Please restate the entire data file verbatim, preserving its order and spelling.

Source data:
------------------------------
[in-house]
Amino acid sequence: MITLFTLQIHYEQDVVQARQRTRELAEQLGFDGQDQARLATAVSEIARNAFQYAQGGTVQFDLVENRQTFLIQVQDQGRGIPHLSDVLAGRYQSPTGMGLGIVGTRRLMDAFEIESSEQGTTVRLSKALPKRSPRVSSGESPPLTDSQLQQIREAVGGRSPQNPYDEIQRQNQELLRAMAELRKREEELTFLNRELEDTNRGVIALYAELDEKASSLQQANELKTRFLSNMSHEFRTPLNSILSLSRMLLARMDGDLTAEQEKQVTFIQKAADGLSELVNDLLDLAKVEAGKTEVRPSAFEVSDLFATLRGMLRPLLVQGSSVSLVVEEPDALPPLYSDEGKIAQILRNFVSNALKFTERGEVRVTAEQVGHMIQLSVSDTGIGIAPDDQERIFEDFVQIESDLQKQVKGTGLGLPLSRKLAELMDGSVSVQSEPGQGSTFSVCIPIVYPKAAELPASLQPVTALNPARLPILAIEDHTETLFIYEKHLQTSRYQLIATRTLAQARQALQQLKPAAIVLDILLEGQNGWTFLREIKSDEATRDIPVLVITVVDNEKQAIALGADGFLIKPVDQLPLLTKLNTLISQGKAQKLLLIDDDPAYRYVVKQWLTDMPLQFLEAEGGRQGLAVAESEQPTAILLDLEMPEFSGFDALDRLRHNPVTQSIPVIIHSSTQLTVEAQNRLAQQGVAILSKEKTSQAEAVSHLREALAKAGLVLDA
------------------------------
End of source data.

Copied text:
[in-house]
Amino acid sequence: MITLFTLQIHYEQDVVQARQRTRELAEQLGFDGQDQARLATAVSEIARNAFQYAQGGTVQFDLVENRQTFLIQVQDQGRGIPHLSDVLAGRYQSPTGMGLGIVGTRRLMDAFEIESSEQGTTVRLSKALPKRSPRVSSGESPPLTDSQLQQIREAVGGRSPQNPYDEIQRQNQELLRAMAELRKREEELTFLNRELEDTNRGVIALYAELDEKASSLQQANELKTRFLSNMSHEFRTPLNSILSLSRMLLARMDGDLTAEQEKQVTFIQKAADGLSELVNDLLDLAKVEAGKTEVRPSAFEVSDLFATLRGMLRPLLVQGSSVSLVVEEPDALPPLYSDEGKIAQILRNFVSNALKFTERGEVRVTAEQVGHMIQLSVSDTGIGIAPDDQERIFEDFVQIESDLQKQVKGTGLGLPLSRKLAELMDGSVSVQSEPGQGSTFSVCIPIVYPKAAELPASLQPVTALNPARLPILAIEDHTETLFIYEKHLQTSRYQLIATRTLAQARQALQQLKPAAIVLDILLEGQNGWTFLREIKSDEATRDIPVLVITVVDNEKQAIALGADGFLIKPVDQLPLLTKLNTLISQGKAQKLLLIDDDPAYRYVVKQWLTDMPLQFLEAEGGRQGLAVAESEQPTAILLDLEMPEFSGFDALDRLRHNPVTQSIPVIIHSSTQLTVEAQNRLAQQGVAILSKEKTSQAEAVSHLREALAKAGLVLDA